One of the twins should have a unisex first name and a very girly middle name. For the second twin we want a girly first name and unisex middle name.

Here are the names Eva likes so far:

  • Unisex: Avery, Harper, Morgan, Kennedy, Madison
  • Feminine: Anastasia, Michaela, Caroline, Sofia, Kristina

Her husband is only on board with Avery, Caroline, Kristina and Michaela (he prefers the spelling Makayla).

The twins will have an older brother named Thomas Aiden (nn Tommy) and their surname will be similar to Damon.

Eva’s criteria reminded me of the twins named Charlotte and Dylan I wrote about a few years ago. I think the name Charlotte is a good option in this case, but Dylan plus that surname might be D/N-overload. Here are some other possibilities:

Feminine names Unisex names
Adeline
Amelia
Anne/Annie
Bethany
Camille
Cassandra
Cecilia
Cynthia
Esmé
Fiona
Gemma
Genevieve
Hannah
Helena
Julia
Lydia
Lucy
Maria
Melanie
Melissa
Monica
Nicole
Olivia
Phoebe
Rose
Samantha
Sarah
Tabitha
Theresa
Victoria
Addison
Ainsley
Alexis
Bailey
Cameron
Casey
Cassidy
Emery
Finley
Harley
Jamie
Jordan
Kendall
Leigh
Paige
Parker
Piper
Quinn
Reagan
Reese
Riley
Rowan
Sage
Shea
Sidney
Skylar
Tatum
Taylor
Teagan
Willow

Which of the above names do you like best for Tommy’s sisters? What combinations (either unisex+feminine or feminine+unisex) sound best together, do you think?

Here are a few combinations I like, just to kick things off:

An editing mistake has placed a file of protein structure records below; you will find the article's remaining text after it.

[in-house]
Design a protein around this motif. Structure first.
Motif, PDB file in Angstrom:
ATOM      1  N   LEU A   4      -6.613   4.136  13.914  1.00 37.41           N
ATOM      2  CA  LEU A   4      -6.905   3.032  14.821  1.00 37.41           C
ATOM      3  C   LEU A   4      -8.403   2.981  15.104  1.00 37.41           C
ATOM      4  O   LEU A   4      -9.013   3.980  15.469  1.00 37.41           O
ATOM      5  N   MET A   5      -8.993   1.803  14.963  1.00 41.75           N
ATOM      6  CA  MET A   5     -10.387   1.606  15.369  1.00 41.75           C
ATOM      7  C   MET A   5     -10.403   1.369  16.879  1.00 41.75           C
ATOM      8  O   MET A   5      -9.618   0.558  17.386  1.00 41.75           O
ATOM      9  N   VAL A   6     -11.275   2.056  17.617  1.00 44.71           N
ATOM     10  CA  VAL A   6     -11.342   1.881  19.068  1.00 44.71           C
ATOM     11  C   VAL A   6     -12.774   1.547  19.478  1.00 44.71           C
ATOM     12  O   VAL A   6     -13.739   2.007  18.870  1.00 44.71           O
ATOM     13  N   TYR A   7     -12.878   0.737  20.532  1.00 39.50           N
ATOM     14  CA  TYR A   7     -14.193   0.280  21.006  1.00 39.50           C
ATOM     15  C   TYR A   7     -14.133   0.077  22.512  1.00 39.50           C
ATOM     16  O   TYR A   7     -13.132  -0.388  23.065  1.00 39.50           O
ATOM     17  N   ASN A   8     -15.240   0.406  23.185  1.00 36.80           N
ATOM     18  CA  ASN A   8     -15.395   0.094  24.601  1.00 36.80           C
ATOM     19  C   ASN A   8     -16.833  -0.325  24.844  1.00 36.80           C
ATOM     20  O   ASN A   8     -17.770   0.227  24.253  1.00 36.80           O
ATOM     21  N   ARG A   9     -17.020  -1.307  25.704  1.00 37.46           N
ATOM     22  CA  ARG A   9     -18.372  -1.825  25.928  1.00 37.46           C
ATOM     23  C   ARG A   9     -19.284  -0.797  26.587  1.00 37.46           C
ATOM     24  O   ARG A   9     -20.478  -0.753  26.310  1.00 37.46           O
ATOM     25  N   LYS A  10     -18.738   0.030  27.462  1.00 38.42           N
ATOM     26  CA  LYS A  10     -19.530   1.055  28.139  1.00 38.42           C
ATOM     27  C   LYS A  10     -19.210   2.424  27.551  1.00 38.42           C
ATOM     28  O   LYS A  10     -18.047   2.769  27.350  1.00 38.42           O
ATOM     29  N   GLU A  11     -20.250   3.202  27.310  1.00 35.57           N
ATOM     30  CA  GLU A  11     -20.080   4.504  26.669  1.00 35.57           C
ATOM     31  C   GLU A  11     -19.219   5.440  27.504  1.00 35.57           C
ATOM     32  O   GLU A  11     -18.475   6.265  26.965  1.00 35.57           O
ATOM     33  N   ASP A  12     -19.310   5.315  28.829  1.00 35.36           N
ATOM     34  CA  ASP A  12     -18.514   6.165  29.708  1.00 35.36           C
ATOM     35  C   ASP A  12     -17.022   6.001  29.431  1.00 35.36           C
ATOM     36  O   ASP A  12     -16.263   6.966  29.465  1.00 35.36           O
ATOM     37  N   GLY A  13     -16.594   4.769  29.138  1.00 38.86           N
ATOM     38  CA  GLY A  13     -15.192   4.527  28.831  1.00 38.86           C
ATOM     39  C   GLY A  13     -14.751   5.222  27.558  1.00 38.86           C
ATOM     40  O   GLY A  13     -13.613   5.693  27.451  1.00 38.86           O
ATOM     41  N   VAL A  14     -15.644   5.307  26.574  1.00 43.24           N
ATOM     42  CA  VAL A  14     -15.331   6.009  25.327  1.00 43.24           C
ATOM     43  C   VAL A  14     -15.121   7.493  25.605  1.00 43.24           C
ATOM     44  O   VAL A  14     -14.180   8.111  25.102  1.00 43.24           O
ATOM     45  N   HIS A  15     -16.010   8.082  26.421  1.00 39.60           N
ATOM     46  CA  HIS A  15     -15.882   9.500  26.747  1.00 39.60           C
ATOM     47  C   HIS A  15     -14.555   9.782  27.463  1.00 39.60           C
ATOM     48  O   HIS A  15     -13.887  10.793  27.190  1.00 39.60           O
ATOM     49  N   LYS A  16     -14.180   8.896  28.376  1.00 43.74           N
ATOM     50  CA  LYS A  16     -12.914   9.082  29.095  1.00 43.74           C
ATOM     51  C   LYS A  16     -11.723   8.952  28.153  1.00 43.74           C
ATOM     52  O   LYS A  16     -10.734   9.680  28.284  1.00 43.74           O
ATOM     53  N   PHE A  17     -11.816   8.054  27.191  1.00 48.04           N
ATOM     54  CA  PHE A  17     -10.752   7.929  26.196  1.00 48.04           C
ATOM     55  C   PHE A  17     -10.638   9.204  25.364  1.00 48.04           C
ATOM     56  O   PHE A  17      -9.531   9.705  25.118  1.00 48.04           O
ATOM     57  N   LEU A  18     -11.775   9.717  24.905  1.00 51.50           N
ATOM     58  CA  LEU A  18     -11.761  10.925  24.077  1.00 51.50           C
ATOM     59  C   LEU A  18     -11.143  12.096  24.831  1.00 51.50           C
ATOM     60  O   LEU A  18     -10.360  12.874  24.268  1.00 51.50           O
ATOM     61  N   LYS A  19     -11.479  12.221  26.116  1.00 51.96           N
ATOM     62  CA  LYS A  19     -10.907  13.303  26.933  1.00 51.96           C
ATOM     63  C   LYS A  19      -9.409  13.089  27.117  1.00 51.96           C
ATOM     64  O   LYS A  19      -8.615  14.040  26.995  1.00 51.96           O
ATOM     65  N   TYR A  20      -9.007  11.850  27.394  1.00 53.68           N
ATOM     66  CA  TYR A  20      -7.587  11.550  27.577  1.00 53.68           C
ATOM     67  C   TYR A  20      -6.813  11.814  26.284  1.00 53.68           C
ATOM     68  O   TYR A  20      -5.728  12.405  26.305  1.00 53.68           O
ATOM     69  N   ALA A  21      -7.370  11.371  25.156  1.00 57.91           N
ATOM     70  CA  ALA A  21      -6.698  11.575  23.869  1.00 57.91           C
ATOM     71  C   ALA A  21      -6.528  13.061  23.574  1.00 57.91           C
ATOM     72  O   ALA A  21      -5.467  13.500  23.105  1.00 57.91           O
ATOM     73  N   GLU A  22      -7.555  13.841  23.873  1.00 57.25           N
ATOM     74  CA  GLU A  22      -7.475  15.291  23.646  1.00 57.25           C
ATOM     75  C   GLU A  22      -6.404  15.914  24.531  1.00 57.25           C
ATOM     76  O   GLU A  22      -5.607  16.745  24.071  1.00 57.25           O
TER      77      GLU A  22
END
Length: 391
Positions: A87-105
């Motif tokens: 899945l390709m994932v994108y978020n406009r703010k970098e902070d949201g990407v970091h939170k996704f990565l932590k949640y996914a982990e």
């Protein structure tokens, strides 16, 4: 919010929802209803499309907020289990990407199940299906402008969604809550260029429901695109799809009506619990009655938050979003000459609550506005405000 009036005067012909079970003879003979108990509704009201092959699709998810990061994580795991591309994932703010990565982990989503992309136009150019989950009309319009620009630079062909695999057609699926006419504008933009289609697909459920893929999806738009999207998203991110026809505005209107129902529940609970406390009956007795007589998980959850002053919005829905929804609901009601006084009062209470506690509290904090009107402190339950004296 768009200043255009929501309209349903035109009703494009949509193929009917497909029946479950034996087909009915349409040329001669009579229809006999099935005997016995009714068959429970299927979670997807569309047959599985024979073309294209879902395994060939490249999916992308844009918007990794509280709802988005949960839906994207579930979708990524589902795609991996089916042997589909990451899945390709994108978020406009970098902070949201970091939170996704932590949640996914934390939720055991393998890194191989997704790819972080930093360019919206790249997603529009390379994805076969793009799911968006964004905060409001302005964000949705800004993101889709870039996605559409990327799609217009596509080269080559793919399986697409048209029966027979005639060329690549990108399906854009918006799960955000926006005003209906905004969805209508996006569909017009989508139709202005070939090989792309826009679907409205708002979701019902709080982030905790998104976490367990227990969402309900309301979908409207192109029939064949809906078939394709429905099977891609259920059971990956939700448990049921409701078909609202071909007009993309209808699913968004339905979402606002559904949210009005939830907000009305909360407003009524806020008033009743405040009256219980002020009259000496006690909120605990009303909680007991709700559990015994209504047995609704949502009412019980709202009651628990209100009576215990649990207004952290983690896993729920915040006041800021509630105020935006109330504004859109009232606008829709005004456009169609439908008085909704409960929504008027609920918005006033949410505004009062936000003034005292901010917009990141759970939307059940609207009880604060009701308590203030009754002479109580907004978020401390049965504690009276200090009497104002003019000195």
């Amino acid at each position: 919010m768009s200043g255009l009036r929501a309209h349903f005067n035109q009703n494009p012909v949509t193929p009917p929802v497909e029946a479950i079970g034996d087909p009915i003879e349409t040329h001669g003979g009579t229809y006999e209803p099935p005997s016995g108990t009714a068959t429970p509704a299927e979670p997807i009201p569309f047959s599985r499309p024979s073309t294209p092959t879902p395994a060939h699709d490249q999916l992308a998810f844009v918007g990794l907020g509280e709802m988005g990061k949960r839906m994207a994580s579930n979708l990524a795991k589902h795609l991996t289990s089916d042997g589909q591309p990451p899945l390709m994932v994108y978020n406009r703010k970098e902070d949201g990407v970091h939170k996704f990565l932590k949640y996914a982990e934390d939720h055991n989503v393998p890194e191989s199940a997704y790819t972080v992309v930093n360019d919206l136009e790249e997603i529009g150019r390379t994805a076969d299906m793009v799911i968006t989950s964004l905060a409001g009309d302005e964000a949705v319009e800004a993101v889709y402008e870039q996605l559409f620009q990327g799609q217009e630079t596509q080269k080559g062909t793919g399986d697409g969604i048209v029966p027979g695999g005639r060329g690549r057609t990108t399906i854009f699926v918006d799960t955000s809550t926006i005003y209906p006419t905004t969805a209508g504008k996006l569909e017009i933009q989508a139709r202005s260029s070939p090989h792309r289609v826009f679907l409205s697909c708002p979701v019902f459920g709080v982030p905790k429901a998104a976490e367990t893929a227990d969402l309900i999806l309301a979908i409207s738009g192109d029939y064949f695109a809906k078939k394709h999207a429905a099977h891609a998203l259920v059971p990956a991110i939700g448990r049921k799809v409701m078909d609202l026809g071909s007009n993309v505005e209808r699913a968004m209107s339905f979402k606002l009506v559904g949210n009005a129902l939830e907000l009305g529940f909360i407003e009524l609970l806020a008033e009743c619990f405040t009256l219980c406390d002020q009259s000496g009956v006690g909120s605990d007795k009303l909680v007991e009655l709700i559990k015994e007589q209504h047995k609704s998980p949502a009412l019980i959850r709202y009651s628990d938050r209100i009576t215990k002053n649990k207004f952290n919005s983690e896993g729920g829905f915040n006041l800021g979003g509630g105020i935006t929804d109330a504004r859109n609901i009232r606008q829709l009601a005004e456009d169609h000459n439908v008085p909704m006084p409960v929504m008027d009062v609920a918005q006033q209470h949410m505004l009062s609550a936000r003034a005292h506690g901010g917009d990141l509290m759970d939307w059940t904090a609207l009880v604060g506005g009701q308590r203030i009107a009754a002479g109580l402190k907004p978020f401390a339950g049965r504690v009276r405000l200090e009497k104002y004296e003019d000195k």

• Unisex+Feminine: Avery Helena, Cameron Nicole, Riley Caroline
  • Feminine+Unisex: Amelia Quinn, Olivia Willow, Victoria Leigh

Baby Name Needed – Girl Name for Twin Sister

A reader named Ayelet is expecting twins. She and her husband won’t be finding out the babies’ genders ahead of time, so they’d like to be prepared with two boy names and two girl names.

So far they’ve got August and Dominic for the boy names and Celia for one of the girl names. Once they select a second girl name they’ll be all set.

They’d like something that isn’t common (i.e. outside of the top 500). They’re considering Aliyah, Angelie, Aurelia, Eva, Isla, Juliet and Valentina, but Aliena is the current favorite:

The name we love is Aliena. She is a character in Ken Follett’s novel “The Pillars of the Earth,” which is set in twelfth-century England. But we can’t get past the “alien” in the name. I have an Alienor in my family tree, so I thought about going the Eleanor route, but I don’t like that spelling; I think I’m in love with that “Ali” sequence.

The baby’s surname will start and end with the letter n, like Nelson.

First, about Aliena. It’s a pretty name, but I’d also be worried about that “alien” association. I don’t know if I’d risk it as a first name, but it might work well as a middle.